Prime Minister Stephen Harper's chief media spokesman and director of communications Andrew MacDougall said Wednesday it is "time to say goodbye" to Parliament Hill.
MacDougall said in a letter to colleagues and contacts Wednesday he is leaving the post and taking a new job in London, England, with a strategic communications firm. He will leave Harper's office after the prime minister attends the G20 meeting in Russia in the first week of September.
MacDougall, who started in the Prime Minister's Office as a press secretary in 2008 and was named director of communications in April of 2012, said in the note that his desire to live and work in London is a long-standing one.
He will be a senior executive consultant with MSLGROUP Publicis Groupe's London office beginning in November, the firm said on its website.
"Andrew's unique combination of political communication, crisis communication, and digital media experience will bring a fresh perspective to our clients as they navigate an increasingly complex communications environment," said Jeremy Sice, CEO of MSLGROUP in the U.K.
MacDougall thanked his colleagues "past and present for showing me the ropes, sharing your knowledge, and imparting your wisdom." He also thanked MPs and wished them continued success.
"Most of all, I am grateful for the prime minister's confidence. It has been a rare privilege to watch firsthand how the prime minister has led Canada through these tough economic times. To have been a small part of this endeavour will forever rank as one of my proudest accomplishments," MacDougall said.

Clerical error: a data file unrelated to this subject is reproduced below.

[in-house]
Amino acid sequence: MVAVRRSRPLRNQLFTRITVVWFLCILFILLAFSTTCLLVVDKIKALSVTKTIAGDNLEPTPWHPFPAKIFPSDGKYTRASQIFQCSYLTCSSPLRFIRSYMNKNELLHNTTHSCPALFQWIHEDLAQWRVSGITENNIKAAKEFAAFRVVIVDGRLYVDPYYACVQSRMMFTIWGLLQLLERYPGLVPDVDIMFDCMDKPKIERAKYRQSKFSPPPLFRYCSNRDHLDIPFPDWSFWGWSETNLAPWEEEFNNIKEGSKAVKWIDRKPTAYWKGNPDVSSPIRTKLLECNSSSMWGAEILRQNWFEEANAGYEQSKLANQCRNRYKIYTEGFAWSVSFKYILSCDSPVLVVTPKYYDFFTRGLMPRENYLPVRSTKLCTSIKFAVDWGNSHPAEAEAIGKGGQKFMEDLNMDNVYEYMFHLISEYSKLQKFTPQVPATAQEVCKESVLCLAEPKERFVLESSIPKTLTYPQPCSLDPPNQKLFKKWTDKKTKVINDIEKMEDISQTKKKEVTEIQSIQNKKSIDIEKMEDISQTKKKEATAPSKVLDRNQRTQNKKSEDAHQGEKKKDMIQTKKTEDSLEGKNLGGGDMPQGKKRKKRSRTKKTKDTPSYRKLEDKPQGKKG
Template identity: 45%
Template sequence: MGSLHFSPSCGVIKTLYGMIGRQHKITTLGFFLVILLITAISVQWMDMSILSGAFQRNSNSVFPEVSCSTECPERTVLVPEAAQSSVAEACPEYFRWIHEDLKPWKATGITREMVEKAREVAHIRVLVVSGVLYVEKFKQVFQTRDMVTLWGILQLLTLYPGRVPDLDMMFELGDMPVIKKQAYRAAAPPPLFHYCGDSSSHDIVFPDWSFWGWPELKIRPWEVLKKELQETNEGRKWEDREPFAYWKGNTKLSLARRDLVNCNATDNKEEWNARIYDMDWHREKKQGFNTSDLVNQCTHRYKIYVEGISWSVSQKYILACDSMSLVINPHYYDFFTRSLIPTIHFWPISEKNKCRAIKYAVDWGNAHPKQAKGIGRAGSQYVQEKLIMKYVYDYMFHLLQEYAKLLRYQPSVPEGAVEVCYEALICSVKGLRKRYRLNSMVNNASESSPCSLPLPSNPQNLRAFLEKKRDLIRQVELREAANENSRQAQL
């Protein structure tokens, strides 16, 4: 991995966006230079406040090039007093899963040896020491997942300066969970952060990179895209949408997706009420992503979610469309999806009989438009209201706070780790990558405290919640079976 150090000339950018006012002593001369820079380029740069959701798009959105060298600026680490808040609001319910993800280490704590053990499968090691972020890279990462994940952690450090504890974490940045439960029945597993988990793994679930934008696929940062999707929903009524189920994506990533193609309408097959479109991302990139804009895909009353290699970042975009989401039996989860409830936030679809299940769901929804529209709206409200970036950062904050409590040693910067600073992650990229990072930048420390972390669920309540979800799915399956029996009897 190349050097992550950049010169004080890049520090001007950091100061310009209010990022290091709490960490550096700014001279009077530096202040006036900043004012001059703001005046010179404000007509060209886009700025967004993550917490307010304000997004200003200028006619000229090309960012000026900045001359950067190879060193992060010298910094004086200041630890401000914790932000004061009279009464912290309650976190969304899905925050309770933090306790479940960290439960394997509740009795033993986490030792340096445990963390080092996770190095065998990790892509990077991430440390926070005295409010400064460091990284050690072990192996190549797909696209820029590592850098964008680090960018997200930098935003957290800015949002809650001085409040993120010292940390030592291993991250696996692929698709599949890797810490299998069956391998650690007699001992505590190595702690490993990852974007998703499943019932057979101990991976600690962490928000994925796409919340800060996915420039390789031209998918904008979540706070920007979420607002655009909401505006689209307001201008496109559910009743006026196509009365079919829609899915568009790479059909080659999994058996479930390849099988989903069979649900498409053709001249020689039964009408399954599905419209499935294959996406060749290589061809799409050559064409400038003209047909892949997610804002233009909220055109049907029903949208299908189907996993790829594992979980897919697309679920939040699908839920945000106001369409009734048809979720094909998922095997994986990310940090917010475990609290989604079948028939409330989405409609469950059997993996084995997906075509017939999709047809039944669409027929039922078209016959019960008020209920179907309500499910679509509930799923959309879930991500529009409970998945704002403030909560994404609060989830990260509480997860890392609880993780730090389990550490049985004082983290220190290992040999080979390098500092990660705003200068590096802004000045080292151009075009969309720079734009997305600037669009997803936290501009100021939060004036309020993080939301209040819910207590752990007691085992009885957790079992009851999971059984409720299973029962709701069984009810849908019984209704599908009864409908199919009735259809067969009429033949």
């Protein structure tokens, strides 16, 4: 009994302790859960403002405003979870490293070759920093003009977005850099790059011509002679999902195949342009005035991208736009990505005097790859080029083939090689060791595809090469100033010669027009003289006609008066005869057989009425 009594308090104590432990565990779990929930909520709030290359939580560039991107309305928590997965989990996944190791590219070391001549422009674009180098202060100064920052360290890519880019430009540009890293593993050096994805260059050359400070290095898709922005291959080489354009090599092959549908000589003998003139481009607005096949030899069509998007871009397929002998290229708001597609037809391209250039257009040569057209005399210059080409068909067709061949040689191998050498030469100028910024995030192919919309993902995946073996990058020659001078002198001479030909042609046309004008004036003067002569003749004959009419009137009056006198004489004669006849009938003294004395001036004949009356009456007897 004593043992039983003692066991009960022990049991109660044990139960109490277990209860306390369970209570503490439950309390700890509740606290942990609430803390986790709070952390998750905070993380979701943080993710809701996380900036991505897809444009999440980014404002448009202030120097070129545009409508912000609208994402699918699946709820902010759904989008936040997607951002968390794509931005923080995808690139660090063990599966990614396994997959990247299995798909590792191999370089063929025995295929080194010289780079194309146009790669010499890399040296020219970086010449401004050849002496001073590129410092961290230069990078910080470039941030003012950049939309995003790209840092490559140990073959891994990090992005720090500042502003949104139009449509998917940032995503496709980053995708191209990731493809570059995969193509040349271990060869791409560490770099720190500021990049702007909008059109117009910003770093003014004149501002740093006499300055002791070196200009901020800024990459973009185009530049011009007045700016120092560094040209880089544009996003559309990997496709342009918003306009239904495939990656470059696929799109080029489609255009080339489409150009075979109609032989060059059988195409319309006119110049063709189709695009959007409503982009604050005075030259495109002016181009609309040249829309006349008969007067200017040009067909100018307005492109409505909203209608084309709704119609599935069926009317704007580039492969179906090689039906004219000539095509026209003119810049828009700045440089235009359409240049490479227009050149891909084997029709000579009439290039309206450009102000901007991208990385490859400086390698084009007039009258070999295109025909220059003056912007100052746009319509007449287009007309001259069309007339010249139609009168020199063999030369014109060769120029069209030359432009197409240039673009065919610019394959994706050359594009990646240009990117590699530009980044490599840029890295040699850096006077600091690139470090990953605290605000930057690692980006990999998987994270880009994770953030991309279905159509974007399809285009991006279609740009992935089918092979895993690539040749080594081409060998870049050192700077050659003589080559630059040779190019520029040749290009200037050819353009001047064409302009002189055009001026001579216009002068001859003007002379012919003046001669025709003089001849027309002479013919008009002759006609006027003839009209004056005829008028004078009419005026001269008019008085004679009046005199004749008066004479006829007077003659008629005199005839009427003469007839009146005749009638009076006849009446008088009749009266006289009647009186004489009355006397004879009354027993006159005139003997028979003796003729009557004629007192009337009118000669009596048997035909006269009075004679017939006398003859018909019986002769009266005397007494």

Harper to hire #8
He also gave a nod to the media representatives who hound him every day on Parliament Hill for statements and answers to questions that he provides on behalf of Harper and his office. Showing his sense of humour, MacDougall said in his letter that he wanted to thank the media for an "interesting experience" and joked that he had to say goodbye to reporters or else they would whine about being left out.
The relationship between members of the parliamentary press gallery and Harper's office can at times be testy but MacDougall is widely regarded as having managed it well.
His resignation means Harper will be on the hunt for his eighth director of communications since he was elected prime minister in 2006. Some have held the post briefly, including MacDougall's predecessor, Angelo Persichilli. He held the job for only seven months before resigning.
MacDougall, 38, is one of many staffers to depart from the Prime Minister's Office in recent months. Nigel Wright, Harper's former chief of staff, resigned from that role in May after it was revealed that he was the one behind Senator Mike Duffy's $90,000 repayment to the Senate.
Harper has said he did not know about the cheque that is now under review by the RCMP along with Duffy's housing allowance and other expense claims.
Chris Woodcock, who is identified in court documents as one of a handful of people who did know about Wright's cheque, also left his job in the PMO. He was director of issues management and stepped down last month.
Benjamin Perrin is another person named in the court documents and he left his job as a legal adviser to Harper a few months ago.
MacDougall was in charge of a team of communications staff in the PMO that includes press secretaries, communications officers, strategists and advisers, and a new media and marketing specialist. Harper could choose to promote someone from within the ranks like he did with MacDougall or bring someone in from outside the PMO.
There was no immediate word on who MacDougall's replacement might be.In other notable Parliament Hill staffing news on Wednesday, Chisholm Pothier is returning to Ottawa to work as Finance Minister Jim Flaherty's new deputy chief of staff. Pothier is Flaherty's former director of communications who left the capital earlier this year to work in the same role for New Brunswick Premier David Alward. Pothier will resume his work with Flaherty on Aug. 26.